# Physics 106: Mechanics Lecture 06 Wenda Cao NJIT Physics Department.

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Physics 106: Mechanics Lecture 06 Wenda Cao NJIT Physics Department

February 24, 2011 Conservation of Angular Momentum  Cross Product  Comparison: definitions of single particle torque and angular momentum  Angular Momentum of a system of particles of a rigid object  Conservation of angular momentum  Examples http://www.youtube.com/watch?v=AQLtcEAG9v0

February 24, 2011 Cross Product  The cross product of two vectors says something about how perpendicular they are.  Magnitude:  is smaller angle between the vectors Cross product of any parallel vectors = zero Cross product is maximum for perpendicular vectors Cross products of Cartesian unit vectors:  y x z i j k i kj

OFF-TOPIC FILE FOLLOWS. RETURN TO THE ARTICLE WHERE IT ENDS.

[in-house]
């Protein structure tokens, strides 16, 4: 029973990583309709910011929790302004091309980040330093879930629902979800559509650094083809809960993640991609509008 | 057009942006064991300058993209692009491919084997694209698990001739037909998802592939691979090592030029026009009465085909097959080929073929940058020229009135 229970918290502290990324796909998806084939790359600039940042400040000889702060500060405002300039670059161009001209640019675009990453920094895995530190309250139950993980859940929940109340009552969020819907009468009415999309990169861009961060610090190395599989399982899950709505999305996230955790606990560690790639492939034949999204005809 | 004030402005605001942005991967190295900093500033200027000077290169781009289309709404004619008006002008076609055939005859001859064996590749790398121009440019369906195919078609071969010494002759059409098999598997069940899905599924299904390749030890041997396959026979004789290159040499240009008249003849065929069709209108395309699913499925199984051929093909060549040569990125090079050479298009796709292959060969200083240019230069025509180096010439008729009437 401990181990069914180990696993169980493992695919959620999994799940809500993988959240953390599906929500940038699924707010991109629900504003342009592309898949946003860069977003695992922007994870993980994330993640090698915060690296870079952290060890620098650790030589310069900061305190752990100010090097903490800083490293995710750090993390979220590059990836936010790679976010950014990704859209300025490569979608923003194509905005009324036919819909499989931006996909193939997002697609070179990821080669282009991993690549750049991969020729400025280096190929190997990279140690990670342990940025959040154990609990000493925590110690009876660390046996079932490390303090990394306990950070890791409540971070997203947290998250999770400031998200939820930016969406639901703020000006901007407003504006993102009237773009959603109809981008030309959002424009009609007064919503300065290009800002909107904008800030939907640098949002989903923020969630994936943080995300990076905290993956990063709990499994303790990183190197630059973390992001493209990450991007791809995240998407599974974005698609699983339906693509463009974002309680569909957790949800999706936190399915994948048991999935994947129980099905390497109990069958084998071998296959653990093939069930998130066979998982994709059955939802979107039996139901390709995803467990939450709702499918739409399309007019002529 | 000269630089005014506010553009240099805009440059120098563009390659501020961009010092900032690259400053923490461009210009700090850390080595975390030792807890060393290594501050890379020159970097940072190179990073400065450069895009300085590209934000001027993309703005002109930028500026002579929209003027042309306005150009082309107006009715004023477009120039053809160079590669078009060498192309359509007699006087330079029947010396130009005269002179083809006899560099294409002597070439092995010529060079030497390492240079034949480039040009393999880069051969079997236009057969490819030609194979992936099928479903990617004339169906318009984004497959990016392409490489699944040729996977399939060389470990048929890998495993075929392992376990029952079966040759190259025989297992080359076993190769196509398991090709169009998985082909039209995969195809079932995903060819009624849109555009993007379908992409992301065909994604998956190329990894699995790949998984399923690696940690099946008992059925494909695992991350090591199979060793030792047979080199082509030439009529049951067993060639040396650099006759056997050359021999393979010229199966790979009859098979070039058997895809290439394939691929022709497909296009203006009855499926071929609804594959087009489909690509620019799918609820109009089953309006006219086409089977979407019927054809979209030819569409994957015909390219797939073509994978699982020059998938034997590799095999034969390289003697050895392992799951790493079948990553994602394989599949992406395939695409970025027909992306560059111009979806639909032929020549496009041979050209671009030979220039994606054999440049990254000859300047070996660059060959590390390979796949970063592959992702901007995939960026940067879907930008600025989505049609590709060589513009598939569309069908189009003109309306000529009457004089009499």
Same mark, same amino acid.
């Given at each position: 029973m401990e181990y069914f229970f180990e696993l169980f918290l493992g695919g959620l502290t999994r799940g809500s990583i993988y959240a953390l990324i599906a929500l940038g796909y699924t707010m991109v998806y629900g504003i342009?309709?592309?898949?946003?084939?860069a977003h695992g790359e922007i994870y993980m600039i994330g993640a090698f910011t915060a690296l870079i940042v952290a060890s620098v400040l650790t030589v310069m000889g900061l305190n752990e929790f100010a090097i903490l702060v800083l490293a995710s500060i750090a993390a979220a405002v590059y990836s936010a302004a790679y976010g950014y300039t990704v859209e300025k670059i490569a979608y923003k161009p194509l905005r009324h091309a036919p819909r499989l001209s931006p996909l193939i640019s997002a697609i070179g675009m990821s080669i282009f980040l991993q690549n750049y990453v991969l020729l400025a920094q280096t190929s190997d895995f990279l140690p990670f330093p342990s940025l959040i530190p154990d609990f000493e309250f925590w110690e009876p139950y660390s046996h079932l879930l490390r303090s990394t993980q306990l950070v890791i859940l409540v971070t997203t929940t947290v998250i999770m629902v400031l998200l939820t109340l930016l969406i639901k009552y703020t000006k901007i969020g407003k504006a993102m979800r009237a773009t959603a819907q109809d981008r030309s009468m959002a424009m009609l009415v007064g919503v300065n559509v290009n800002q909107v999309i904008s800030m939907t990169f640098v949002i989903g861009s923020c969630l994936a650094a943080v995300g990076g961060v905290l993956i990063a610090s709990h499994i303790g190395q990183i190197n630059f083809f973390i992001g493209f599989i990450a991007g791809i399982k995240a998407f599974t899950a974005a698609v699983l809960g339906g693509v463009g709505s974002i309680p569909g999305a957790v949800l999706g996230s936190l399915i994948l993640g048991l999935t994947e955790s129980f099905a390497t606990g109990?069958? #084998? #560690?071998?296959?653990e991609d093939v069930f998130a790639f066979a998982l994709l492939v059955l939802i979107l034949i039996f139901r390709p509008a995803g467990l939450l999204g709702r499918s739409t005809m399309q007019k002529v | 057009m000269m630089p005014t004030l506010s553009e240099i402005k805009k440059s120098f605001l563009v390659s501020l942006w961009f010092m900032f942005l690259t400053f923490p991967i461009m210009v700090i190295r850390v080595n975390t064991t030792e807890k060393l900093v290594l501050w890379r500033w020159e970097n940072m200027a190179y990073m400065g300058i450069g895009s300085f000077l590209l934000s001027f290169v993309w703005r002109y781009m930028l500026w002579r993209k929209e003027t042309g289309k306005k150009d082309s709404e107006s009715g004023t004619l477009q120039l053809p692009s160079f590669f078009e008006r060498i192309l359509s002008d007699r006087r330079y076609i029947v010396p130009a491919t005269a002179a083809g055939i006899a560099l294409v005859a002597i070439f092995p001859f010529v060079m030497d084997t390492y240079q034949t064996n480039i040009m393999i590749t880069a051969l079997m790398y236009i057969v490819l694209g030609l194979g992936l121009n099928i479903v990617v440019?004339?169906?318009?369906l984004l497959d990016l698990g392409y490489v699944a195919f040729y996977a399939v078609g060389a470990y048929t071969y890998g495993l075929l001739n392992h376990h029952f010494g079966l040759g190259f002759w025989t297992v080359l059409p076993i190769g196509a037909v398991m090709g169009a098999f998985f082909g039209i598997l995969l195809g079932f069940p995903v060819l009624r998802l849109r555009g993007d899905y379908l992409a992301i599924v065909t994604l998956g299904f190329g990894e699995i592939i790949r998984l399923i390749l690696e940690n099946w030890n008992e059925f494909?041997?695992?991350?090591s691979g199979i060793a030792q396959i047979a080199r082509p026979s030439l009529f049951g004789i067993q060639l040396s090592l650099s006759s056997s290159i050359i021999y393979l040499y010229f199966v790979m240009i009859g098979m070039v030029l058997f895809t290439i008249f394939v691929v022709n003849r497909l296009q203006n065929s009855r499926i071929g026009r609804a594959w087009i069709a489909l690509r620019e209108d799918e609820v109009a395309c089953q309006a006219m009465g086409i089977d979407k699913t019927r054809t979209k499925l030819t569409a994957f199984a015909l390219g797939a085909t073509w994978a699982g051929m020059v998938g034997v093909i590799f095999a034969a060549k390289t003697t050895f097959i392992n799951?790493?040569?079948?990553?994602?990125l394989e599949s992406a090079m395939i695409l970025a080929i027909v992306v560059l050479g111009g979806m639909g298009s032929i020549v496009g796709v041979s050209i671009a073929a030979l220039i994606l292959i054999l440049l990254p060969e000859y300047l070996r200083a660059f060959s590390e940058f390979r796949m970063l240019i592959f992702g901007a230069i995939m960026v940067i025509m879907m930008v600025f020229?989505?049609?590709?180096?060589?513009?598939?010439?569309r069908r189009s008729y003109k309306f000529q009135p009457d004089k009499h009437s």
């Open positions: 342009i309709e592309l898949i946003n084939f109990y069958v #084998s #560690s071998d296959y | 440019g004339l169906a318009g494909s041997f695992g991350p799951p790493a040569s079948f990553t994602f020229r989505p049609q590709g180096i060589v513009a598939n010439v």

February 24, 2011 Cross Product  Direction: C perpendicular to both A and B (right-hand rule) Place A and B tail to tail Right hand, not left hand Four fingers are pointed along the first vector A “sweep” from first vector A into second vector B through the smaller angle between them Your outstretched thumb points the direction of C  First practice

February 24, 2011 More about Cross Product  The quantity ABsin  is the area of the parallelogram formed by A and B  The direction of C is perpendicular to the plane formed by A and B  Cross product is not commutative  The distributive law  The derivative of cross product obeys the chain rule  Calculate cross product

February 24, 2011 Torque Angular Momentum Torque and Angular Momentum for a Single Particle

February 24, 2011 Angular momentum of a system of particles  Angular momentum of a system of particles angular momenta add as vectors be careful of sign of each angular momentum for this case: